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iboard: Crossing the Water

What it is: Crossing the Water is a great logic game for the interactive whiteboard that encourages problem solving as students try to get a family across the water safely.  Teachers can set up the activity with a set number of adults and children, students guess how many trips will have to be made...

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512 Paths to the White House Interactive Infographic for the Election #election2012

Posted by admin | Posted in Analyze, Evaluate, Geography, Government, Interactive Whiteboard, Math, Middle/High School, Secondary Elementary, Social Studies, Teacher Resources, Understand (describe, explain), Websites | Posted on 05-11-2012

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What it is: Tomorrow is Election day!  I couldn’t be more excited to see an end to the obnoxious political ads. Living in a swing state means that EVERY commercial I see is a political ad. At this point, all I have been convinced of is that the world may in fact be ending…the choices here are dire. One thing I am now passionate about: campaign reform. I digress.

512 Paths to the White House is a super cool interactive feature on the New York Times website.  Students can test out selecting a winner for the swing states and see the paths to victory available to either candidate.  Students can also mouse over the infographic and see what happens in the breakdown of each option.  According to the infographic, there are 5 paths to a tie.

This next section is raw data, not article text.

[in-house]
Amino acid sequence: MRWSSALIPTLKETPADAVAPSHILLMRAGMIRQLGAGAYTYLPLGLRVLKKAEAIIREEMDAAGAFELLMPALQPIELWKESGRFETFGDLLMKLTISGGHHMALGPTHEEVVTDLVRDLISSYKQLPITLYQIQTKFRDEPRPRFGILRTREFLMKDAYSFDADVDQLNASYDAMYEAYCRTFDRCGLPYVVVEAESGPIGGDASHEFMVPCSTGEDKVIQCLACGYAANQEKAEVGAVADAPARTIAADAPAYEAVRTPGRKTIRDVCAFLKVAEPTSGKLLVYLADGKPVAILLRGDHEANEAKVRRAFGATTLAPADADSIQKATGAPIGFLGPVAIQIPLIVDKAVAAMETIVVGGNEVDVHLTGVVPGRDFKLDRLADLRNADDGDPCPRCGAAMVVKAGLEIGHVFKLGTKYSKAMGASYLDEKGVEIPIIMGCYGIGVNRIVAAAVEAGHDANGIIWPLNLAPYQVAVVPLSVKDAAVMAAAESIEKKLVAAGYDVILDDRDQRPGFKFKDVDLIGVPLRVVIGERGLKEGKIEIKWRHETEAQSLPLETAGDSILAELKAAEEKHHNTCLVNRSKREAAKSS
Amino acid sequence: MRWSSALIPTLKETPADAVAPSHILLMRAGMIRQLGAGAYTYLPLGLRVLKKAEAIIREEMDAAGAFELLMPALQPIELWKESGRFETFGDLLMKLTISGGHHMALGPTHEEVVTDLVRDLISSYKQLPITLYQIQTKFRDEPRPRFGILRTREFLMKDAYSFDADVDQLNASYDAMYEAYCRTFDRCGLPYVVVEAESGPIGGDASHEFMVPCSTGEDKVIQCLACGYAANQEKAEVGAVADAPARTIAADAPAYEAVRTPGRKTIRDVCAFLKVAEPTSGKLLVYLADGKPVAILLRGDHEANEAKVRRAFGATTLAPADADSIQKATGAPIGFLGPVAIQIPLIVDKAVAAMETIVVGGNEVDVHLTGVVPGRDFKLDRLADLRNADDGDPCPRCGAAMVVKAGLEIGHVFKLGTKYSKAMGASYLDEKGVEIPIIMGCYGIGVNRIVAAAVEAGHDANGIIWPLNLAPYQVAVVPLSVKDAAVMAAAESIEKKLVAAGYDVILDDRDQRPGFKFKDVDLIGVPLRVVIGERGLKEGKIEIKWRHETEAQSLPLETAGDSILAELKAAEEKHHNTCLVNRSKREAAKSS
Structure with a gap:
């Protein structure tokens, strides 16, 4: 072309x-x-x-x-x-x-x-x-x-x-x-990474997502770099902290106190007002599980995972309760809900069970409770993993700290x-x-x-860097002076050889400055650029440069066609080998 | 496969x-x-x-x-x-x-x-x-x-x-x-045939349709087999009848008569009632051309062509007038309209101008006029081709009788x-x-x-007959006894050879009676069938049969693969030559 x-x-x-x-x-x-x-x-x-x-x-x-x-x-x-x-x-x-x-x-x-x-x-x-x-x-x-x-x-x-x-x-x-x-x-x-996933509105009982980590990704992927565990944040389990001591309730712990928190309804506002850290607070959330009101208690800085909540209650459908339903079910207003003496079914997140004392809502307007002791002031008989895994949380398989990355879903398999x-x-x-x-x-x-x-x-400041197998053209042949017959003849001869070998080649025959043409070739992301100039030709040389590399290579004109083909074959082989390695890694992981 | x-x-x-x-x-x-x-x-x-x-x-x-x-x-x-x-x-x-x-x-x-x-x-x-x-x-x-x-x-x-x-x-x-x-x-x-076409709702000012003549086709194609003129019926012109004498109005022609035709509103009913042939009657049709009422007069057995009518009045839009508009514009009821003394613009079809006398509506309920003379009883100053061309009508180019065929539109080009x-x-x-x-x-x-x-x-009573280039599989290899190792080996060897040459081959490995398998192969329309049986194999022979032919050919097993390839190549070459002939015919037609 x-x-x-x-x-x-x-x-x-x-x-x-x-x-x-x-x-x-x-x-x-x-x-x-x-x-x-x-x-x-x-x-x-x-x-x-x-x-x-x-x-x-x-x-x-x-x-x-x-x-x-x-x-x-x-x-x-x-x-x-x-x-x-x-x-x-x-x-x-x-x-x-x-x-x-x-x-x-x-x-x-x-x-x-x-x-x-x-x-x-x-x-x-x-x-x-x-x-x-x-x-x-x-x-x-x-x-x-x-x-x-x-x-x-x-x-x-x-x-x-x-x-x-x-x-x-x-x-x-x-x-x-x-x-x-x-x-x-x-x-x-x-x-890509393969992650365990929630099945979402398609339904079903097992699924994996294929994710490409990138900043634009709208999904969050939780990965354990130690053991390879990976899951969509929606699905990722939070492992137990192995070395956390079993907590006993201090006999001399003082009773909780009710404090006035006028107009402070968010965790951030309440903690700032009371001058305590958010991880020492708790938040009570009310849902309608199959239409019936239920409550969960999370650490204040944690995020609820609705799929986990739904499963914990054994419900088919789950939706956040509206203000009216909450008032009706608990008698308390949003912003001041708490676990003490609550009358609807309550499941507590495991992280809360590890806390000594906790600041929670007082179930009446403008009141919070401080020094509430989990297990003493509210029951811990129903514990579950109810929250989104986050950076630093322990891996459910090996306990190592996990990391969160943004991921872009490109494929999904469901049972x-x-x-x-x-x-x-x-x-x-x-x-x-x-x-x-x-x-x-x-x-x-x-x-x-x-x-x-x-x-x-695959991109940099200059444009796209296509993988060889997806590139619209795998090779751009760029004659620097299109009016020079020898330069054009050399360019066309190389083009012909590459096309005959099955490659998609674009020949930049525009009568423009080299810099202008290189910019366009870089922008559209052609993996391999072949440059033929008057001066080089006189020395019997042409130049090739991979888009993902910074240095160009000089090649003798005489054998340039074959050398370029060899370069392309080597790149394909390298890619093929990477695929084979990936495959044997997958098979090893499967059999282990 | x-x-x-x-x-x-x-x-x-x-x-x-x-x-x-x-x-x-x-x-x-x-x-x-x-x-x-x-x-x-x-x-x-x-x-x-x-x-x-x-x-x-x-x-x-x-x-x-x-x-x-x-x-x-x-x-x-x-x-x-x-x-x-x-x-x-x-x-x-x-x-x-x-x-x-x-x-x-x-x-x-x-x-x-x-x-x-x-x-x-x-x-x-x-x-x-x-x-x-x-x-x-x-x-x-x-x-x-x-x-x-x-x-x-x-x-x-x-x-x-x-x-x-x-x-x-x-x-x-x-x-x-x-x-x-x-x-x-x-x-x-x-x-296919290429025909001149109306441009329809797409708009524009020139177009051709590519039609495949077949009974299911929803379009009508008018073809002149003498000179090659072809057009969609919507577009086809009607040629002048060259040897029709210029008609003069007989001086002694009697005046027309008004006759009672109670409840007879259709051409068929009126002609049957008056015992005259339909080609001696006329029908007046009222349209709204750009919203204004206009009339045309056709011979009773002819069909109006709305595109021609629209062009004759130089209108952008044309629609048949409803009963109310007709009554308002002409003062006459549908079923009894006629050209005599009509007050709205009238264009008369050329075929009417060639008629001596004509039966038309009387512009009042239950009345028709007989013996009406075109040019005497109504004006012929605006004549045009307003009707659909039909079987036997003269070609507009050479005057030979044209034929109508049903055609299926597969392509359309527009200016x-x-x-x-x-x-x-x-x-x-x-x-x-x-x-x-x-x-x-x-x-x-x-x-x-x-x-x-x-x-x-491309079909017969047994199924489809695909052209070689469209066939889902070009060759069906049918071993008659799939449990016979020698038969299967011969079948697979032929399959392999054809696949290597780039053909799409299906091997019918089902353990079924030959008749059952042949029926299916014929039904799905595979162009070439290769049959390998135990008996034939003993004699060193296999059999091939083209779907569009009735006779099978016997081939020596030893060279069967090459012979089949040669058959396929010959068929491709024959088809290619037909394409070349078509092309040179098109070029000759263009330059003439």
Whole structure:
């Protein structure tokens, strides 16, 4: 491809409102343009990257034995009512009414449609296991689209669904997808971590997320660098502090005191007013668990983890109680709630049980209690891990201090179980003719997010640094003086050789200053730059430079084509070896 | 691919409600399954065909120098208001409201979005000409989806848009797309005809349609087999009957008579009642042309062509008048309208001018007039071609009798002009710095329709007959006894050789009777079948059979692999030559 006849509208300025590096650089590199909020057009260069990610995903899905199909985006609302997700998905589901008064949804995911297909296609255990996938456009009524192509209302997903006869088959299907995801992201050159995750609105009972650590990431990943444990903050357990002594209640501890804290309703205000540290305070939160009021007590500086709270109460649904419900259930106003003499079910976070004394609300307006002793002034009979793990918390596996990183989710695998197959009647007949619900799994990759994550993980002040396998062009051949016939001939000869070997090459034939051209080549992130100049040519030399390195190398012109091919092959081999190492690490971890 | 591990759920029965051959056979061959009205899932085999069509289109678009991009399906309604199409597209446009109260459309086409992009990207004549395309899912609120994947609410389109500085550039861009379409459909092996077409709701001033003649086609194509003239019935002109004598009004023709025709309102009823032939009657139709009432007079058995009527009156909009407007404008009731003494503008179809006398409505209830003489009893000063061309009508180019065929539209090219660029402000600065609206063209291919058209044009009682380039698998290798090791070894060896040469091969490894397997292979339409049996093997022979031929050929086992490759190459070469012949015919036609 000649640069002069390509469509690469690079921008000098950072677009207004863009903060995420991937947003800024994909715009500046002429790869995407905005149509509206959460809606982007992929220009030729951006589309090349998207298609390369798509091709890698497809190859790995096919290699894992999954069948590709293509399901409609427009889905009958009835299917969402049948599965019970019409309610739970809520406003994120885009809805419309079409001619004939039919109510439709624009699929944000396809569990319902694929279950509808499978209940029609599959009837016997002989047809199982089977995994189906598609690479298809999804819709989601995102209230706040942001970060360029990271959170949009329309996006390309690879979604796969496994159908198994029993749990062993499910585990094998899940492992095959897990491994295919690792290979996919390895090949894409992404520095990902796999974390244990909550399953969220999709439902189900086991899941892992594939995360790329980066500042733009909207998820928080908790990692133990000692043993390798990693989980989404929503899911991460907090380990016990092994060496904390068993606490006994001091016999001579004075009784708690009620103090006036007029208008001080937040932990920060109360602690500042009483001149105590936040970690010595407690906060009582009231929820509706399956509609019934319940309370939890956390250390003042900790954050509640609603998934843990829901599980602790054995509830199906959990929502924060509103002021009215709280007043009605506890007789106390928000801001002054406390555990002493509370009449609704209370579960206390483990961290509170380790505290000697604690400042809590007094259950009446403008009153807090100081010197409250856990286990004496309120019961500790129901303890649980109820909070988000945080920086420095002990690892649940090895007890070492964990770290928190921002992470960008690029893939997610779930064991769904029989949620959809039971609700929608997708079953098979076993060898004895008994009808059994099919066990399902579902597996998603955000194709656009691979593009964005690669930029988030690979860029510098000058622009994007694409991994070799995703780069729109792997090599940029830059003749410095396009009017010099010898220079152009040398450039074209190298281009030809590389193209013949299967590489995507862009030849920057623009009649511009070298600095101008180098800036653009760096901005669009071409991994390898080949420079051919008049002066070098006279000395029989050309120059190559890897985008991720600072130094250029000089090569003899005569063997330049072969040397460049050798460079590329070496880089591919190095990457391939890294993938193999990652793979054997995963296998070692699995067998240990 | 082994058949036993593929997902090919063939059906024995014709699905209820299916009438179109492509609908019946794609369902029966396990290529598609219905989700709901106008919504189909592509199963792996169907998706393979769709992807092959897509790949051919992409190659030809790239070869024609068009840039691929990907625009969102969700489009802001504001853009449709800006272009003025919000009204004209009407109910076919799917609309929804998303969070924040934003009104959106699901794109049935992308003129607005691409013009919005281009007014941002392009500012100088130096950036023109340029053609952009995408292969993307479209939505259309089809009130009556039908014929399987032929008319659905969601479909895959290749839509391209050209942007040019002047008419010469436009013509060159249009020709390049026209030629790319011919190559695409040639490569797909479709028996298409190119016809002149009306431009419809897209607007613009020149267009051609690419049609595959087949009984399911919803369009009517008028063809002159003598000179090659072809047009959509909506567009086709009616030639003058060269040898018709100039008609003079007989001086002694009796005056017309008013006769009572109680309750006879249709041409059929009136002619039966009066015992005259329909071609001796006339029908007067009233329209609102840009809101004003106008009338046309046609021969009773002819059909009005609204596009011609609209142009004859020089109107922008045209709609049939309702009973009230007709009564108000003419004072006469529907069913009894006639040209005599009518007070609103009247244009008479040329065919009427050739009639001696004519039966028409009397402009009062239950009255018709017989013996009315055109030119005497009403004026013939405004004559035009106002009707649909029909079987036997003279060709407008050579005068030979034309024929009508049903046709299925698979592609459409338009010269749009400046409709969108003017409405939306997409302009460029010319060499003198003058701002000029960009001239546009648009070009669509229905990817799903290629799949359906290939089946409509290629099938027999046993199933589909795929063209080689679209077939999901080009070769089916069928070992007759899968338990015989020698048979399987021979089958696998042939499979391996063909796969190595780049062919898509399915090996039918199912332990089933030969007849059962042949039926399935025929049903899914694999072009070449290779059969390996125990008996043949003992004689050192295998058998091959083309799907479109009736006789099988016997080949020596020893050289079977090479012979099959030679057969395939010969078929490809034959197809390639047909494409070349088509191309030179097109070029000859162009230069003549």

How to integrate 512 Paths to the White House into the classroom: This really is a cool infographic to explore before the election.  Students can explore this infographic on classroom computers as an Election Day discovery center, as a class on an interactive whiteboard or projector-connected computer, or individually on computers.

This site makes a wonderful opening to discussion about the electoral college, the election process for the US, and why the swing states determine the outcome of the election.  At the bottom of the page, there are some specific scenarios for students to explore.  These scenarios also open up great conversations about economies in different states, beliefs of each party, political advertising, liberal vs. conservative states, etc.

In the secondary math class, students can explore probability, statistics and unpack the data offered here.  It is pretty interesting to see the paths each candidate has to winning based on who wins each battleground state.

Tips: Follow up on Wednesday, November 7th with how accurate the 512 Paths to the White House was.  Students can use this tool as they watch the election to predict who the winner will be.

Leave a comment and tell us how you are using  512 Paths to the White House in your classroom.

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Money Island: a financial literacy virtual world

Posted by admin | Posted in Analyze, Character Education, Math, Middle/High School, Secondary Elementary, Teacher Resources, Understand (describe, explain), Virtual Field Trips, Websites | Posted on 08-02-2012

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What it is: Money Island is a neat site I found today while searching for some fun tie ins for our economic inquiry block at Anastasis.  This enchanting virtual world teaches students about money and how the economy works while they go on quests to destinations like the Eiffel Tower and Atlantis.  Students learn and practice the real-life principles of financial responsibility.  Students build knowledge and skills in three major areas including: saving and spending, earning and investing, and using credit wisely.  In addition to these major areas, students learn how to spend, grow and give money; the difference between wants, needs and taxes; different types of income; gain an understanding of interest; how to use credit wisely; and how to build wealth.
The site includes detailed lesson plans and activity suggestions for the classroom, as well as a specialized area within money island where teachers and parents can see what students are learning and track progress.